The impact of the dietary protein level on the process of colonic mucosal inflammation and subsequent recovery remains largely unknown. In this study, we fed DSS-treated mice with either a normoproteic (NP) or a high-protein (HP) isocaloric diet from the beginning of the 5-day DSS treatment to 14 days later. Measurements of colitis indicators (colon weight:length ratio, myeloperoxidase activity, cytokine expressions) showed a similar level of colonic inflammation in both DSS groups during the colitis induction phase. However, during the colitis resolution phase, inflammation intensity was higher in the DSS-HP group than in the DSS-NP group as evidenced by higher inflammatory score and body weight loss. This coincided with a higher mortality rate. In surviving animals, an increase in colonic crypt height associated with a higher number of colon epithelial cells per crypt and TGF-β3 content was observed in the DSS-HP vs. DSS-NP group. Moreover, colonic expression patterns of tight junction proteins and E-cadherin were also different according to the diet. Altogether, our results indicate that the HP diet, when given during both the induction and resolution periods of DSS-induced colitis, showed deleterious effects during the post-induction phase. However, HP diet ingestion was also associated with morphological and biochemical differences compatible with higher colonic epithelium restoration in surviving animals, indicating an effect of the dietary protein level on colonic crypt repair after acute inflammation. These data highlight the potential impact of the dietary protein amount during the colitis course.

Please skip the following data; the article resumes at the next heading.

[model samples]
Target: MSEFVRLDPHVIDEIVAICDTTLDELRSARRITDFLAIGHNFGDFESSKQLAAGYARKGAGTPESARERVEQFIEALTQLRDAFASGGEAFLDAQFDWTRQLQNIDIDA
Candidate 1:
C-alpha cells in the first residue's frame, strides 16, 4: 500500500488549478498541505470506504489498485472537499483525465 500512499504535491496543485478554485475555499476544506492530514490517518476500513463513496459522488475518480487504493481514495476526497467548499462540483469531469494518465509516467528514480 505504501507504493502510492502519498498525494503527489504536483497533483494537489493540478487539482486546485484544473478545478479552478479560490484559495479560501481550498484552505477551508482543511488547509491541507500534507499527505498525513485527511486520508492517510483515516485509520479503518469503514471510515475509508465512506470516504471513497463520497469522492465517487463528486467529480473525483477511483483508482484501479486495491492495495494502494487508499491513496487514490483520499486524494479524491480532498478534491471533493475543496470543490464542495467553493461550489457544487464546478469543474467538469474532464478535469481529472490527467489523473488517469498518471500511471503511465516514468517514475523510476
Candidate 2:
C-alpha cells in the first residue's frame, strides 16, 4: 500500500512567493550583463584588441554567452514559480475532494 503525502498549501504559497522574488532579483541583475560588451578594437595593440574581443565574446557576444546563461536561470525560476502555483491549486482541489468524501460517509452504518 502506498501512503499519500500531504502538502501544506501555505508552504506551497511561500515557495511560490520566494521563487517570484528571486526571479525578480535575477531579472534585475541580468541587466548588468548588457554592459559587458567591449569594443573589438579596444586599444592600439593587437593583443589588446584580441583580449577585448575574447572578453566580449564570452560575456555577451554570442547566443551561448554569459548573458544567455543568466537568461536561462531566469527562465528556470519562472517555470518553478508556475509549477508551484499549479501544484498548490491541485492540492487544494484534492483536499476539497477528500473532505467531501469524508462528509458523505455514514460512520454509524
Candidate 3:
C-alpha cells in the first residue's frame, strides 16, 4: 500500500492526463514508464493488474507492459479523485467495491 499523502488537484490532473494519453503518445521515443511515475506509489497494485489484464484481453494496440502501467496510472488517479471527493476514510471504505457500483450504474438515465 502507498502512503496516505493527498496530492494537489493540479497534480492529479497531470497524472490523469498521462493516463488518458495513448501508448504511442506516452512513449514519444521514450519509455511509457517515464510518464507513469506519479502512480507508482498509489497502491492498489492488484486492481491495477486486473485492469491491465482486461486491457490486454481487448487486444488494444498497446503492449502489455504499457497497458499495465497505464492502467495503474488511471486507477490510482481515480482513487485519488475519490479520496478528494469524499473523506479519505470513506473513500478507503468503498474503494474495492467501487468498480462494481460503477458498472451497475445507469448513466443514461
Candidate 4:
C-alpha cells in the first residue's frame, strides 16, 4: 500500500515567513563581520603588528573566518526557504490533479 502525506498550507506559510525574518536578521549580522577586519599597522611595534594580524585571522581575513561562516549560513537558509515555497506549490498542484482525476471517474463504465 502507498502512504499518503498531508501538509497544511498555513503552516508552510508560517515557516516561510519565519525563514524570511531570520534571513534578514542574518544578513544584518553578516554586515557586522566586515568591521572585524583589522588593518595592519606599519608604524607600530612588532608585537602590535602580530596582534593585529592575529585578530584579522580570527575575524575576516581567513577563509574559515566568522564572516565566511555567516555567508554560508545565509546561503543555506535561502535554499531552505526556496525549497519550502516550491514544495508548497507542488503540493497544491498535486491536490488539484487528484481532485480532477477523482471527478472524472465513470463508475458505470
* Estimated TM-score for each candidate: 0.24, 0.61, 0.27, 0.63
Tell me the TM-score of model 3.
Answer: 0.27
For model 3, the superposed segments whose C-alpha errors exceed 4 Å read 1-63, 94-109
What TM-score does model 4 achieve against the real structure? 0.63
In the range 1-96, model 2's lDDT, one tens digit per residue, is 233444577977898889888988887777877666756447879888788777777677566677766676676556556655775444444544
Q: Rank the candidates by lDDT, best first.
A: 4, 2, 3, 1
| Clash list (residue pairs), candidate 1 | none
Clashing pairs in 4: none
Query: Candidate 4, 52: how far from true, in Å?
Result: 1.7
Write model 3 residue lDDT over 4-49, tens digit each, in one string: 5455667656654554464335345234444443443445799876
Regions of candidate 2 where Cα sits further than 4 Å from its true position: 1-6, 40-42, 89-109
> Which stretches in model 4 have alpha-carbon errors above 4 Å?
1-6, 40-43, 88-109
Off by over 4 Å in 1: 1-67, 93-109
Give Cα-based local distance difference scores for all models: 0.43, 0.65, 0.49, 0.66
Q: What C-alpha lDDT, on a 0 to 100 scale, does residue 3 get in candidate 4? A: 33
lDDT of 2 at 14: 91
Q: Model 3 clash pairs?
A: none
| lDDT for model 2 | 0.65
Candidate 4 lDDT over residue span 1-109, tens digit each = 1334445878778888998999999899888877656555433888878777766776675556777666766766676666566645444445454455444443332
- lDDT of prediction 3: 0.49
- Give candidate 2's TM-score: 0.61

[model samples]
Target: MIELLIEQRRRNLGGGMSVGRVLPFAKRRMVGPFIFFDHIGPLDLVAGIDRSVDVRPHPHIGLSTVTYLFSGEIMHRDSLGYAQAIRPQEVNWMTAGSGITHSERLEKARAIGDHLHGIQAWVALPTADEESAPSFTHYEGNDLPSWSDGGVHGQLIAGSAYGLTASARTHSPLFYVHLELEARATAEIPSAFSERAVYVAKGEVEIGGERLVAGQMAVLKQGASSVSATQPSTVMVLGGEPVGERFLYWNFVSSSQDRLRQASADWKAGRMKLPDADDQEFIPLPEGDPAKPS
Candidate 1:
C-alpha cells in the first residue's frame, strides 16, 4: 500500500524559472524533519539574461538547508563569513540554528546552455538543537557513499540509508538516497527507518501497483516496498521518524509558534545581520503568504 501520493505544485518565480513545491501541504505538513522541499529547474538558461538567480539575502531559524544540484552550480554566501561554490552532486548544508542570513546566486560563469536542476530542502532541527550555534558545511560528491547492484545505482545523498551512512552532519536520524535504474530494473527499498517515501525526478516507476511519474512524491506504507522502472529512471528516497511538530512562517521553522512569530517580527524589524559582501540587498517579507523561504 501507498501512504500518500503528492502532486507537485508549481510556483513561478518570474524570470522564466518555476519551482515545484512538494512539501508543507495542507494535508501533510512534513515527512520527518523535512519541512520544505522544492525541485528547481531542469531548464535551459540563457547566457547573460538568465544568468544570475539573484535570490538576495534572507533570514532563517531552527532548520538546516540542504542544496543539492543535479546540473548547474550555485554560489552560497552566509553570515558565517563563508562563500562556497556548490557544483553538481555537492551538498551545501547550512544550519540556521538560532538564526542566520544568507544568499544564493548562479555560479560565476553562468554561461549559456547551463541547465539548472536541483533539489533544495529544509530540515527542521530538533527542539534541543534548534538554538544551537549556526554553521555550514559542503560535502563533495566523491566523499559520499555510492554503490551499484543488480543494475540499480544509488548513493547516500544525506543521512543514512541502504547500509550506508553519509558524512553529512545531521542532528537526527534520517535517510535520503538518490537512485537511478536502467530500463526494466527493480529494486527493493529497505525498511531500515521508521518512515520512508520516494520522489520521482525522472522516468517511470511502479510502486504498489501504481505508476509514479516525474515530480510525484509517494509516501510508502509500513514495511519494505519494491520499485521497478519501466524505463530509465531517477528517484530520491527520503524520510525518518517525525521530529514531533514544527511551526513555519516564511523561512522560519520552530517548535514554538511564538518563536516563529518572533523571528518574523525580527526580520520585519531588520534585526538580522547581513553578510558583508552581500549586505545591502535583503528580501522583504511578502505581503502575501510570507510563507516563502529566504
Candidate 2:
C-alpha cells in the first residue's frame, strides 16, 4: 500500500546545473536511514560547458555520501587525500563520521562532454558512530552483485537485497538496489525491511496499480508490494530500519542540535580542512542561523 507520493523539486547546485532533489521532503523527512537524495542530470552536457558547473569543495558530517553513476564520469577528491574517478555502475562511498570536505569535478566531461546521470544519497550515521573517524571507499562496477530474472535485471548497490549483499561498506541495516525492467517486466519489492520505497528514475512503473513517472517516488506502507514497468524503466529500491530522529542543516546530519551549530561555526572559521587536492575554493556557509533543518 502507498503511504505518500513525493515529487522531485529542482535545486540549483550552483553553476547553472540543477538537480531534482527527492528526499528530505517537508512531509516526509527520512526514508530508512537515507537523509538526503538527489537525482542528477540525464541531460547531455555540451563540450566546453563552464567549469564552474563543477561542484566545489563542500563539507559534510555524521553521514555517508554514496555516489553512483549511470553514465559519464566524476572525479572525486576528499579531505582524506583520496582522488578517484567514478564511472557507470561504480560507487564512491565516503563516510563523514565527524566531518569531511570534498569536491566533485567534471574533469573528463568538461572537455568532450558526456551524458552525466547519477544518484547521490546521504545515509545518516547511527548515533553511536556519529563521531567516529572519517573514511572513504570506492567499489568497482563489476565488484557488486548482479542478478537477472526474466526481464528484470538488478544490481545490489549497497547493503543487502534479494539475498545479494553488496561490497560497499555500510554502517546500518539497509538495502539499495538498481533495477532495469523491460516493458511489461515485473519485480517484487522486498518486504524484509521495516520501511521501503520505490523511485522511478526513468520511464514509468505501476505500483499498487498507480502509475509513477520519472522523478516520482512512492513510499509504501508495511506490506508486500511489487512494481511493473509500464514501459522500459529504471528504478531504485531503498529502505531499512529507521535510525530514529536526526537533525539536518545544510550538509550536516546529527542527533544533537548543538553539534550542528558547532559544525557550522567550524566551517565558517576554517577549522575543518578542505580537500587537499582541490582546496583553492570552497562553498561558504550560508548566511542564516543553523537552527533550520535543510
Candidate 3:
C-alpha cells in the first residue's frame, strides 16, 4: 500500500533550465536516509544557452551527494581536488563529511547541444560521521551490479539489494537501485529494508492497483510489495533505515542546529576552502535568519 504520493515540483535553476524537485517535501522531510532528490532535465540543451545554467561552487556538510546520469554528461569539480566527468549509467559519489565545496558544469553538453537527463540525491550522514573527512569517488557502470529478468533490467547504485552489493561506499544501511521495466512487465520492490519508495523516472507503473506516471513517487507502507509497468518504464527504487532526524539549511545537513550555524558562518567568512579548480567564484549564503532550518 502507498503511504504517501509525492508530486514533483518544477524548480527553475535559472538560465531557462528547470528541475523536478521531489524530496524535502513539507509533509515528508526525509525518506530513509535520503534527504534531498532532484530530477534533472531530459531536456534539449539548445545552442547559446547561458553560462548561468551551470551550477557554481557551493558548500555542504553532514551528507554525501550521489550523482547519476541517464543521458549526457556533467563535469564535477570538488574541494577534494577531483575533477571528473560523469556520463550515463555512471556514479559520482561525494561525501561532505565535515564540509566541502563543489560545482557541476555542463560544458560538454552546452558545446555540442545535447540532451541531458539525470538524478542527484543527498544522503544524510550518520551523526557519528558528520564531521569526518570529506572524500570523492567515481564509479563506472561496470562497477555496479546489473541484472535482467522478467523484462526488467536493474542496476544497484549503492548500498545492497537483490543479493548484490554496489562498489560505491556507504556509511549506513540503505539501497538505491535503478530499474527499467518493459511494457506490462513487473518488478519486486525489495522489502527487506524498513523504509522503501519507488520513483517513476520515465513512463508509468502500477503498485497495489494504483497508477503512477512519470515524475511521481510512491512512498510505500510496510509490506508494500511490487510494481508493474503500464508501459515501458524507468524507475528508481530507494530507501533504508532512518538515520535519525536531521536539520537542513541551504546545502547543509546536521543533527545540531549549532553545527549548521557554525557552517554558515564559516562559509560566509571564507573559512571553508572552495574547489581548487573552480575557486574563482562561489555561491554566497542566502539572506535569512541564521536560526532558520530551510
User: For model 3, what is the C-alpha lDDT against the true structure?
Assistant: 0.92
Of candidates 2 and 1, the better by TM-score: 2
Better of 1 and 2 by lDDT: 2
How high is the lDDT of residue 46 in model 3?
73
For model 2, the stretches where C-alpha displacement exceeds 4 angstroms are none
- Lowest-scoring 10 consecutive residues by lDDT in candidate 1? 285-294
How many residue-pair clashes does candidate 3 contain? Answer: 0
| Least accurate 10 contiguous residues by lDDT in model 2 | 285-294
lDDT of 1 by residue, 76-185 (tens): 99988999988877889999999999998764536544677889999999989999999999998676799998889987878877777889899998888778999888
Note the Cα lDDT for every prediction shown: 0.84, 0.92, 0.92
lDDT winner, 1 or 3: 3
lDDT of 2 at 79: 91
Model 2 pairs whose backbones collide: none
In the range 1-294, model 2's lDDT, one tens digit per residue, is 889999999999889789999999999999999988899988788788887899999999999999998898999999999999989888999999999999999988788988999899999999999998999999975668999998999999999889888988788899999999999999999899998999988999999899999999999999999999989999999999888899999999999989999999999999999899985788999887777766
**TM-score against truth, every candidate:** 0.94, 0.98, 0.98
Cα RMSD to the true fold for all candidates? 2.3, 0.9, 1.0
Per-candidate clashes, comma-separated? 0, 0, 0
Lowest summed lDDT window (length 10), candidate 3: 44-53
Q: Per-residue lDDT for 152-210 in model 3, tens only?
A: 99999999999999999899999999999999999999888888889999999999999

- high-protein diet
- colitis induction
- colitis resolution
- colonic crypt repair
- Copyright © 2015, American Journal of Physiology-Gastrointestinal and Liver Physiology